Sunday, May 23, 2010

Why I don't play WAB

Someone asked me on TMP if I'd use my Numidians to play Warhammer Ancient Battles and I said no because of a lack of opponents. I'll put the long answer here.

I live in a small town where the local gaming store is a forty-five minute drive away. One night a week I make the drive to that store for a quick three-hour RPG session that I run to scratch that itch, but I can't imagine going a second night to do wargaming. I have a wargaming group here, in my own town, that years before I came along decided to play Warhammer Fantasy Battles.

Now at this point I'll share three of the biggest blessings in my life. The first is my children which are completely extraneous to this story except that my son is apparently inviting his own miniatures game in the basement using my DDM figs and some cardstock terrain. But the other two are my very loving wife and a job that pays me a handsome salary. Between those two I can pick up generally any wargame out there without expecting much in the way of obstacles except my own time and interest.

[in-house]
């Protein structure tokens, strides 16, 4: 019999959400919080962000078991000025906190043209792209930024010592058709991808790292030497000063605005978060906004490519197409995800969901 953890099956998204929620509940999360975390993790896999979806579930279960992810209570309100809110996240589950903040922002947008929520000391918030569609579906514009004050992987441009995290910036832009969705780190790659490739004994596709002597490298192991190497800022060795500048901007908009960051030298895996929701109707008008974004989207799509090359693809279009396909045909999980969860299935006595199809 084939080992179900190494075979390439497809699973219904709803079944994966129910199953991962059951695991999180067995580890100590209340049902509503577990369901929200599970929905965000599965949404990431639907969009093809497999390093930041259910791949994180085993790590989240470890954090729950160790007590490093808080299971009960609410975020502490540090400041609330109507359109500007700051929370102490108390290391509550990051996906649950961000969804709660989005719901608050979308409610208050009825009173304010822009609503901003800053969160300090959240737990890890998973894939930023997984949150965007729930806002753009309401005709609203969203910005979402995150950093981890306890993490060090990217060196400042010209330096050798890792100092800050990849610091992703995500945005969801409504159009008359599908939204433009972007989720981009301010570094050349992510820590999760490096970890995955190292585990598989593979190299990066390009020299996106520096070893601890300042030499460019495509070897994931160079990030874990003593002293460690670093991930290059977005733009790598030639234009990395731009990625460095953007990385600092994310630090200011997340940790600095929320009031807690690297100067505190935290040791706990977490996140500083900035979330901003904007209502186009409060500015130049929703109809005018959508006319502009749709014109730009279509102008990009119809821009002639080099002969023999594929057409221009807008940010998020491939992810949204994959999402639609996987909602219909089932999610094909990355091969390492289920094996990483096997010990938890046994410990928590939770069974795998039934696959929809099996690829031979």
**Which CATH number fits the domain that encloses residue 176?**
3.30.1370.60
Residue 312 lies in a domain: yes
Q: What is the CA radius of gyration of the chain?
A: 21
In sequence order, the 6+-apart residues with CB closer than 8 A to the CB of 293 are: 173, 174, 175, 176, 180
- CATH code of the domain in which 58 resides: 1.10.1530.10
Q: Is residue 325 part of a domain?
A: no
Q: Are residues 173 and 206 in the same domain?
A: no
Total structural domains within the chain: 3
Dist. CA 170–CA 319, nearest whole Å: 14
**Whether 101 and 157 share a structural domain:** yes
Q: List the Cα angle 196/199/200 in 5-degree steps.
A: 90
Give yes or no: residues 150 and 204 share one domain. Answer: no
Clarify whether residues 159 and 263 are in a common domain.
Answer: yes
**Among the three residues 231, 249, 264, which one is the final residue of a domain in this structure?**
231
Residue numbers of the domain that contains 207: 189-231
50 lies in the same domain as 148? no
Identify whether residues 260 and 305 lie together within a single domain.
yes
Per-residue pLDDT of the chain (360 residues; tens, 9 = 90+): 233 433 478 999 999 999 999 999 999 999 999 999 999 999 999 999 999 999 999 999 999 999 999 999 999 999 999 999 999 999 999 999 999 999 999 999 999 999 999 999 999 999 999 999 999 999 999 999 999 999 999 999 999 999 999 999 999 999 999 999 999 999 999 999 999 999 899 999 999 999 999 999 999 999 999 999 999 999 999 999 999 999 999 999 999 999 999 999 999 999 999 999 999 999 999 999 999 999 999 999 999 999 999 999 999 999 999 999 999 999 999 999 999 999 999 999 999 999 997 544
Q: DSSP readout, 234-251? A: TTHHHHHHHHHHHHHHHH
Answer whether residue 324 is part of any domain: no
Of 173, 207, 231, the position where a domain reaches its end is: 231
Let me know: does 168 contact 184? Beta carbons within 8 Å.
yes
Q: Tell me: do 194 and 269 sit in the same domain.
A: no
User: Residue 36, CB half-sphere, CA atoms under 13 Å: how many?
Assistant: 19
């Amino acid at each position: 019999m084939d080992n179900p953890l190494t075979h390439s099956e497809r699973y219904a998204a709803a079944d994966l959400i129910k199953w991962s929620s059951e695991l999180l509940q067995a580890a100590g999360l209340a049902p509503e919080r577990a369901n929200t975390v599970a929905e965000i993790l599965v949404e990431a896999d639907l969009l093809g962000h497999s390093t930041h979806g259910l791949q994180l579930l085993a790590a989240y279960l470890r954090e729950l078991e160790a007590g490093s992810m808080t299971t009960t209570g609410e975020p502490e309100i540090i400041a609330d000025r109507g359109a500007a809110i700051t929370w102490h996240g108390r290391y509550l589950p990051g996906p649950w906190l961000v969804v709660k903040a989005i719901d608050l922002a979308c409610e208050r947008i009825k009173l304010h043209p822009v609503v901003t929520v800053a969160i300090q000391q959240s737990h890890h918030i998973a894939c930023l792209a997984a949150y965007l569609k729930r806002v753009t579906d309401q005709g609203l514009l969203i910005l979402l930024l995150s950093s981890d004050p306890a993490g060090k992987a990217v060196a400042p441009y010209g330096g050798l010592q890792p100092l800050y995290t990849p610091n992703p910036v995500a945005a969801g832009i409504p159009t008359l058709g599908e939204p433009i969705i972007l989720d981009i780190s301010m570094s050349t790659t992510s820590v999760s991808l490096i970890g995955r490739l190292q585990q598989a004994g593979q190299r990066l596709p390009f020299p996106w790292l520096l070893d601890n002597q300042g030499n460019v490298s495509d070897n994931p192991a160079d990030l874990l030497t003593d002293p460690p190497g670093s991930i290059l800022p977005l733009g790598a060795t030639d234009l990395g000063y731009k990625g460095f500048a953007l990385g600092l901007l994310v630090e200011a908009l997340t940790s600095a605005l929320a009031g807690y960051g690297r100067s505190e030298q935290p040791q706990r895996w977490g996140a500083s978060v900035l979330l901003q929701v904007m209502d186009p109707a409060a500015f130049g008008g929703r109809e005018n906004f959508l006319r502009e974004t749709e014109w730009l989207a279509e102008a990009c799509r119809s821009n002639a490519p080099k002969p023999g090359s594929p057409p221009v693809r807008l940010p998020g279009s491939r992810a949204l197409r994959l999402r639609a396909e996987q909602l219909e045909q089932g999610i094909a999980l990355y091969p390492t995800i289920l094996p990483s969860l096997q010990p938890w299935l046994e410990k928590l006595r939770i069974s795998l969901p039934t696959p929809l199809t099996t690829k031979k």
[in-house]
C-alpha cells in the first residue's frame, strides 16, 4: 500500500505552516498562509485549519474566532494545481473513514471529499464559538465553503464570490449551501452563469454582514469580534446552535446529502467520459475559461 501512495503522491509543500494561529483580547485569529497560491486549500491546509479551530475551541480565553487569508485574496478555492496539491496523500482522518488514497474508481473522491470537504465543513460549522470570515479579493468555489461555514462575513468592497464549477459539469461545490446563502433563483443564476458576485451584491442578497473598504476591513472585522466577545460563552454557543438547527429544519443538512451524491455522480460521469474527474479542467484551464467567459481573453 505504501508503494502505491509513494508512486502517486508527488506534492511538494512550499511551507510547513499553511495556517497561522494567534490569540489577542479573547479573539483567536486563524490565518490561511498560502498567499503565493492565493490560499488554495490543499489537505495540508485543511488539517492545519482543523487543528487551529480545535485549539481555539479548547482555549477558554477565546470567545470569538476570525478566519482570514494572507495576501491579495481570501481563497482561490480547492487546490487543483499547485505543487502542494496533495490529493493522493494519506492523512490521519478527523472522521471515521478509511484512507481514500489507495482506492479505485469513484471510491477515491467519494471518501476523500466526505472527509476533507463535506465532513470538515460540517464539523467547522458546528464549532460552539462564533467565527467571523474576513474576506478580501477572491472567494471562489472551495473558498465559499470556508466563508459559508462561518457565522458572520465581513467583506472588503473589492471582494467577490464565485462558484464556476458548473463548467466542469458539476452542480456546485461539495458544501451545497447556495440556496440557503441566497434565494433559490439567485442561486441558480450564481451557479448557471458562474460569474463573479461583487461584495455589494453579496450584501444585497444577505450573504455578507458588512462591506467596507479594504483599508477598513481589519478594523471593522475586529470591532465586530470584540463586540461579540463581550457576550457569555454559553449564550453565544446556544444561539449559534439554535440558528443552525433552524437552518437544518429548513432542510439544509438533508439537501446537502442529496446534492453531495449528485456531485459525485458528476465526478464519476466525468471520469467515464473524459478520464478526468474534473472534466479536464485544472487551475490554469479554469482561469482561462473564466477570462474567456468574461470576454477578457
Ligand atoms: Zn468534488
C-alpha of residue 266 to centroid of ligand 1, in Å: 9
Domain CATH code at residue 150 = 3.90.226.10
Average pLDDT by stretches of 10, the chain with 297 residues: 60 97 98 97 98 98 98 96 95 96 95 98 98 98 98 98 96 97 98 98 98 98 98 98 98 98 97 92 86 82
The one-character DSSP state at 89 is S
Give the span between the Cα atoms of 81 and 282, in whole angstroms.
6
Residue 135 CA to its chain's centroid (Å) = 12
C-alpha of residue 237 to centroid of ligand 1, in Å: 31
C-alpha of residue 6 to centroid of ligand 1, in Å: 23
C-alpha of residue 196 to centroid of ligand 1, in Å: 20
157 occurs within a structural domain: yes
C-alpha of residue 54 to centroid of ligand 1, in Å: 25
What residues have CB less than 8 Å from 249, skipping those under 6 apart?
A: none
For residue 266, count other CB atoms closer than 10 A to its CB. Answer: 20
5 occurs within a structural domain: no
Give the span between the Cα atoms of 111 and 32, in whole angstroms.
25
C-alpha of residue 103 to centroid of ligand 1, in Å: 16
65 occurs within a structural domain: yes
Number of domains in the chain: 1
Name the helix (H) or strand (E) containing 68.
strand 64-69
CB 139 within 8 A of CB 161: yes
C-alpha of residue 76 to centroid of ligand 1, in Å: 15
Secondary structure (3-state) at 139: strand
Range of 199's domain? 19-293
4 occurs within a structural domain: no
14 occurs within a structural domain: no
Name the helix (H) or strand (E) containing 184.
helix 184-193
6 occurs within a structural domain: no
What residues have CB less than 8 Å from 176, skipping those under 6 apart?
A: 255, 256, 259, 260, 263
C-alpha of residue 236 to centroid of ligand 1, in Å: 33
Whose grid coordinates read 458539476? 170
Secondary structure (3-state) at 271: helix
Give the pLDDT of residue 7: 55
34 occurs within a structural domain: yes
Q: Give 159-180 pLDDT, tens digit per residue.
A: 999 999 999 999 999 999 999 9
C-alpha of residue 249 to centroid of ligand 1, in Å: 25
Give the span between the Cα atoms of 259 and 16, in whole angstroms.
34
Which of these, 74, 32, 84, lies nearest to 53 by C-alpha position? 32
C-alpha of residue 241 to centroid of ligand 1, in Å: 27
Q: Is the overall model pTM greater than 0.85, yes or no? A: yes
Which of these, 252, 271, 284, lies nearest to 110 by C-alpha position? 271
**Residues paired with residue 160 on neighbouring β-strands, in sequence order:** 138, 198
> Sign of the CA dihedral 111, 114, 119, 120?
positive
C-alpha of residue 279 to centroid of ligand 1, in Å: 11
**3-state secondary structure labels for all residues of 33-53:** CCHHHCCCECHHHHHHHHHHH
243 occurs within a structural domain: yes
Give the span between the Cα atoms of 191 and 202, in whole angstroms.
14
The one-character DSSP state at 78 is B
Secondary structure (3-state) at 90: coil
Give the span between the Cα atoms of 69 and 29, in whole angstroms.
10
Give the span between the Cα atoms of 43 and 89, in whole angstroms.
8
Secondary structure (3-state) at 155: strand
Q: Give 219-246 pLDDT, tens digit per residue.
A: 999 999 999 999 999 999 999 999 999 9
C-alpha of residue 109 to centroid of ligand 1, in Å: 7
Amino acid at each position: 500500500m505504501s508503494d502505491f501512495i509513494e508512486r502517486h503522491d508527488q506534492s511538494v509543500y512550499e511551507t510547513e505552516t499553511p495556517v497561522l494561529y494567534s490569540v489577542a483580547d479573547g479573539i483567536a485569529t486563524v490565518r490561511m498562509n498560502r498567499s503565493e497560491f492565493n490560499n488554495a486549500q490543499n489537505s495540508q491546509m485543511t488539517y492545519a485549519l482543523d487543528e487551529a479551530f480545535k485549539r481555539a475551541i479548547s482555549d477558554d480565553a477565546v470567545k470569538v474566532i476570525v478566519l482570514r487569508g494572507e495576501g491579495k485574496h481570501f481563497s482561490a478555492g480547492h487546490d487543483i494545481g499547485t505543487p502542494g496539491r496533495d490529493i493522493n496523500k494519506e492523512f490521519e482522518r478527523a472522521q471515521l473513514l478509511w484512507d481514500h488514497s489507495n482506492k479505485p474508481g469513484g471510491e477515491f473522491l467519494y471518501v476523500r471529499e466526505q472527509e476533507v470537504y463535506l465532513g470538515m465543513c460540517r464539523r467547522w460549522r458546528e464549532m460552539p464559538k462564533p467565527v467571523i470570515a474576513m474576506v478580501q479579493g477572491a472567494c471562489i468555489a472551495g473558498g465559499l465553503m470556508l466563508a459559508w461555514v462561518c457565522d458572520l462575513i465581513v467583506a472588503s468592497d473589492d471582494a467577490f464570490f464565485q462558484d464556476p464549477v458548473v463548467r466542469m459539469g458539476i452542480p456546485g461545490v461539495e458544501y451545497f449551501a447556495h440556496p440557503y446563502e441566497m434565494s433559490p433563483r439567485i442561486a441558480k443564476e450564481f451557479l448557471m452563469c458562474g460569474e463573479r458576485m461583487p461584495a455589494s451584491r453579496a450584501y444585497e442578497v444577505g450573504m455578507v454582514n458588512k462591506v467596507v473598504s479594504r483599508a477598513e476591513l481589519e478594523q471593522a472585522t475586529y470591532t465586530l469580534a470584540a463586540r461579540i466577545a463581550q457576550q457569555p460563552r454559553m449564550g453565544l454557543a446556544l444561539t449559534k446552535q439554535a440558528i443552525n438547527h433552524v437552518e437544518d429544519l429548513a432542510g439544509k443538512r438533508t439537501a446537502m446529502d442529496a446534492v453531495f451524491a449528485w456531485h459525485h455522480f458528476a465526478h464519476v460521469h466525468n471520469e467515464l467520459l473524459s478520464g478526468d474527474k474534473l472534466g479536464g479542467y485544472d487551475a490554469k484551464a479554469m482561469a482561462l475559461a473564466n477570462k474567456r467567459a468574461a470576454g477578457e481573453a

And of course, opponents. Every time I've suggested playing something other than WHFB, the response from my gaming club is the same: we invested money in WHFB, and trying to play something different would cause problems at home or at the bank. And I'm not knocking them. I know some might criticize them for being "whipped" or something similar (ever notice those comments are only made by single people?) but I think they are just being reasonable. They know their lives, their marriages, and their fortunes, and playing WAB or WarMachine or Victory Without Quarter or whatever just isn't in the cards.

Sometime I'll give the RPG at the gaming store a rest and try to find an opponent through the HMGS or something. I've actually considered solo wargaming recently as another venue. But for now, my Numidians will be transported to the fantastic world of the Empire, suddenly get magical assistance, and battle all sorts of inhuman adversaries much more terrifying than the Romans or their rivals ever were.

1 comment:

  1. Sounds like a reasonable choice to me. And if the itch goes greater, and your club's only objection is the cost involved, you can always look at the classic soloist's gambit of buying both sides and arranging to bring all the necessaries but an opponent to an occasional gaming night if someone wants to give it a go.

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